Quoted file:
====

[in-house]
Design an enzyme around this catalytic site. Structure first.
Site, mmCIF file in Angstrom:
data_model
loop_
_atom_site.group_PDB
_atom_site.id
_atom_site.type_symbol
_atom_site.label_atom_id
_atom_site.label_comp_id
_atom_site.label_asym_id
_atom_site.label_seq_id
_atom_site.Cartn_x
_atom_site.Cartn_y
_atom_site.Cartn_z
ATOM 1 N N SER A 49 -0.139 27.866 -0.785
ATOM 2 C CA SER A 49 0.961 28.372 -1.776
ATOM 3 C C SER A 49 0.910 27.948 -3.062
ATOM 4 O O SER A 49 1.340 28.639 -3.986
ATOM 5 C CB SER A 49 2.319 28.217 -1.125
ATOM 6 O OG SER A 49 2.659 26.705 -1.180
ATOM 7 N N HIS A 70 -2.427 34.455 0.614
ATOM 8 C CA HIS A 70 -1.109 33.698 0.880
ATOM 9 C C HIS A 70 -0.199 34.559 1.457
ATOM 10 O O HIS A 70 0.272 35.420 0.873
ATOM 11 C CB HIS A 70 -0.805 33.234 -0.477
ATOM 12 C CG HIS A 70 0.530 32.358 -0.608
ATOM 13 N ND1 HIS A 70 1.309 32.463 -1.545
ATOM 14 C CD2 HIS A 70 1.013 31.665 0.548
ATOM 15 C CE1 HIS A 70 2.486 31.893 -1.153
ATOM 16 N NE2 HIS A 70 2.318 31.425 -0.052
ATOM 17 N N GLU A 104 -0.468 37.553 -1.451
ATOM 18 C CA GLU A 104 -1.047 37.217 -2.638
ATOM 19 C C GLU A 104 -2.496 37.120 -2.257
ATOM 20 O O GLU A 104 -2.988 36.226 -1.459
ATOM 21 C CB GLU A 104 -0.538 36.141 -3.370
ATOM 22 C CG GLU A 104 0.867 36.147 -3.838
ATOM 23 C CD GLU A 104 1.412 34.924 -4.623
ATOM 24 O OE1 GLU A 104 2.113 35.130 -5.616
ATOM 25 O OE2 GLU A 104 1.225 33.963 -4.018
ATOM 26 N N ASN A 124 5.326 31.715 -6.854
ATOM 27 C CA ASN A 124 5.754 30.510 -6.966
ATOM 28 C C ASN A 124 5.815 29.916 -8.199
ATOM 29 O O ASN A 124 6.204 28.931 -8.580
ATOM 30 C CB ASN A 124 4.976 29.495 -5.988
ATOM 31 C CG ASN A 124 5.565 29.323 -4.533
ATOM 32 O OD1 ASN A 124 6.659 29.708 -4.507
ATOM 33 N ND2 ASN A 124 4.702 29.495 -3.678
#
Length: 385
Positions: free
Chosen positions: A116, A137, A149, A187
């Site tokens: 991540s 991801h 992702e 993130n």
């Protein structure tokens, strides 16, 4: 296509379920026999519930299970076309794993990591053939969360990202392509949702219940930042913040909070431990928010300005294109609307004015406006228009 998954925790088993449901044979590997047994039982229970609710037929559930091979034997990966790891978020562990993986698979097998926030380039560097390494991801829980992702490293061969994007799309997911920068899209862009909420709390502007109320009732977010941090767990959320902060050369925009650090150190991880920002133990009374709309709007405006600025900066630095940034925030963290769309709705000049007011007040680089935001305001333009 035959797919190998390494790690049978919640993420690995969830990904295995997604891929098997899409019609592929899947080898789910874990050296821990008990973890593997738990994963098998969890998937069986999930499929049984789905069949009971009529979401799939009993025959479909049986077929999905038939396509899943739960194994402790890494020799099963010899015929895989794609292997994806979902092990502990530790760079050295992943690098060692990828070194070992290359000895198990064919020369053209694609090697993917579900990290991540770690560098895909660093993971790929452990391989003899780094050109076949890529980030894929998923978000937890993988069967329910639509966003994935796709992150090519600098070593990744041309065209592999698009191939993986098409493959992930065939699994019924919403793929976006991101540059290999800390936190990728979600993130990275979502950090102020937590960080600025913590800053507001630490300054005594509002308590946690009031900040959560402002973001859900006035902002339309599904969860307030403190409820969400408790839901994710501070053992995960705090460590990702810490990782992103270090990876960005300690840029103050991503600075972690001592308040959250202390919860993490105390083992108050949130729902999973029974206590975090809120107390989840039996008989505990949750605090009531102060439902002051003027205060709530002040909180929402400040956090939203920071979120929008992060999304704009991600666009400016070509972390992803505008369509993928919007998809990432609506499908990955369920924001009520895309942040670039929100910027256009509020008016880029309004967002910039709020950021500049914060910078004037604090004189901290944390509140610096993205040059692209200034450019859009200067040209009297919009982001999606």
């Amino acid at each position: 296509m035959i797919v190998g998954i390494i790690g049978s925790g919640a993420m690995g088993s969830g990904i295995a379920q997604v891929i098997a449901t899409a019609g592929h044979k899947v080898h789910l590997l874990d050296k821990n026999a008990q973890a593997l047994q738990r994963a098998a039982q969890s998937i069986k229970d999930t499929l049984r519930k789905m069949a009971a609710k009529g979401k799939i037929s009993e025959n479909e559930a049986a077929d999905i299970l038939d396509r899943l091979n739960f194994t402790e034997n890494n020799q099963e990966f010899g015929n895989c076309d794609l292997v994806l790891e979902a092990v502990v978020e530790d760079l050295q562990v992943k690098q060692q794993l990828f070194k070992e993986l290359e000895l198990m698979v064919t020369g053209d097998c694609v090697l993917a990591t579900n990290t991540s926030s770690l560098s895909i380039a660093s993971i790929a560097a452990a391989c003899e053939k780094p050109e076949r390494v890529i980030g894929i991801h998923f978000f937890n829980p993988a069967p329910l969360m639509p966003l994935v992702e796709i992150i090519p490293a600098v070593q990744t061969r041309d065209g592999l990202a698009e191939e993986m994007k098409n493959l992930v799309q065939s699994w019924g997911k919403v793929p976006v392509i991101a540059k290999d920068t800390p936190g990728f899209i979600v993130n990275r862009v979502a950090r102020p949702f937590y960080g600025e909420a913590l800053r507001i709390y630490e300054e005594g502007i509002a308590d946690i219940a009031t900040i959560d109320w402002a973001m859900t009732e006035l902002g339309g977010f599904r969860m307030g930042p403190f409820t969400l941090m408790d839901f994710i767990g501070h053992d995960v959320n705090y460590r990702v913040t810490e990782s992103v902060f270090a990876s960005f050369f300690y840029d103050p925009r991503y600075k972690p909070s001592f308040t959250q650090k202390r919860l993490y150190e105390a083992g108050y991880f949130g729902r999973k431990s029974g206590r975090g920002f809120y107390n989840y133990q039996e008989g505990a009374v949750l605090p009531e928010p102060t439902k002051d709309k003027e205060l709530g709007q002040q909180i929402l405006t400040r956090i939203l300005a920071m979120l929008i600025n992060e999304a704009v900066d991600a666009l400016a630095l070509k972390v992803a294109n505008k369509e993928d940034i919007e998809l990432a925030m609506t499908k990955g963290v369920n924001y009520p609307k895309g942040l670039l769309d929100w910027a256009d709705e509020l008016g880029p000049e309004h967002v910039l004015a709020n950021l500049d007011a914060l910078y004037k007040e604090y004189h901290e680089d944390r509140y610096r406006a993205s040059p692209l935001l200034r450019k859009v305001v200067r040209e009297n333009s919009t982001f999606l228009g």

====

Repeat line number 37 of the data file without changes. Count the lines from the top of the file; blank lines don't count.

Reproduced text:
ATOM 22 C CG GLU A 104 0.867 36.147 -3.838